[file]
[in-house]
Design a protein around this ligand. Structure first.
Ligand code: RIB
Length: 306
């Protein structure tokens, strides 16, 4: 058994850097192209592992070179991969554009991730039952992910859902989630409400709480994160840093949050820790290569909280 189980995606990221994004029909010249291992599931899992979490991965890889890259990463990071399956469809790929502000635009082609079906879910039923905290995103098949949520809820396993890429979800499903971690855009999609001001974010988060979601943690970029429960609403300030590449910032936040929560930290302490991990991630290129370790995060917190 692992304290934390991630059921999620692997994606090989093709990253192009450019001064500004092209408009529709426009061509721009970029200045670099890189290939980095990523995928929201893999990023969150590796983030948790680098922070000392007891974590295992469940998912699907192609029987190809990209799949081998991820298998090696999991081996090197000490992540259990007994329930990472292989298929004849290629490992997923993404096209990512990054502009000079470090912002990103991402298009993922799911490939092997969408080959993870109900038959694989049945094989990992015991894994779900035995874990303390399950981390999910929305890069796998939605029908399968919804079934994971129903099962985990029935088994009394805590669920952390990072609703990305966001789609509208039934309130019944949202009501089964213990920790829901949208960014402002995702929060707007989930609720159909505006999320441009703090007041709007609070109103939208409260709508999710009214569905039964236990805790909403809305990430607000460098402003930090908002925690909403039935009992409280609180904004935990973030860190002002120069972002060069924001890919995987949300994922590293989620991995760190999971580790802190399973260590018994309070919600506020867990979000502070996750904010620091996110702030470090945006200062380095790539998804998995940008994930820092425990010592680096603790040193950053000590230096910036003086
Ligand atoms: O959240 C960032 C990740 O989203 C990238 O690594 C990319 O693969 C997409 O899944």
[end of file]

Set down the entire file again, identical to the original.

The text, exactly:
[in-house]
Design a protein around this ligand. Structure first.
Ligand code: RIB
Length: 306
């Protein structure tokens, strides 16, 4: 058994850097192209592992070179991969554009991730039952992910859902989630409400709480994160840093949050820790290569909280 189980995606990221994004029909010249291992599931899992979490991965890889890259990463990071399956469809790929502000635009082609079906879910039923905290995103098949949520809820396993890429979800499903971690855009999609001001974010988060979601943690970029429960609403300030590449910032936040929560930290302490991990991630290129370790995060917190 692992304290934390991630059921999620692997994606090989093709990253192009450019001064500004092209408009529709426009061509721009970029200045670099890189290939980095990523995928929201893999990023969150590796983030948790680098922070000392007891974590295992469940998912699907192609029987190809990209799949081998991820298998090696999991081996090197000490992540259990007994329930990472292989298929004849290629490992997923993404096209990512990054502009000079470090912002990103991402298009993922799911490939092997969408080959993870109900038959694989049945094989990992015991894994779900035995874990303390399950981390999910929305890069796998939605029908399968919804079934994971129903099962985990029935088994009394805590669920952390990072609703990305966001789609509208039934309130019944949202009501089964213990920790829901949208960014402002995702929060707007989930609720159909505006999320441009703090007041709007609070109103939208409260709508999710009214569905039964236990805790909403809305990430607000460098402003930090908002925690909403039935009992409280609180904004935990973030860190002002120069972002060069924001890919995987949300994922590293989620991995760190999971580790802190399973260590018994309070919600506020867990979000502070996750904010620091996110702030470090945006200062380095790539998804998995940008994930820092425990010592680096603790040193950053000590230096910036003086
Ligand atoms: O959240 C960032 C990740 O989203 C990238 O690594 C990319 O693969 C997409 O899944």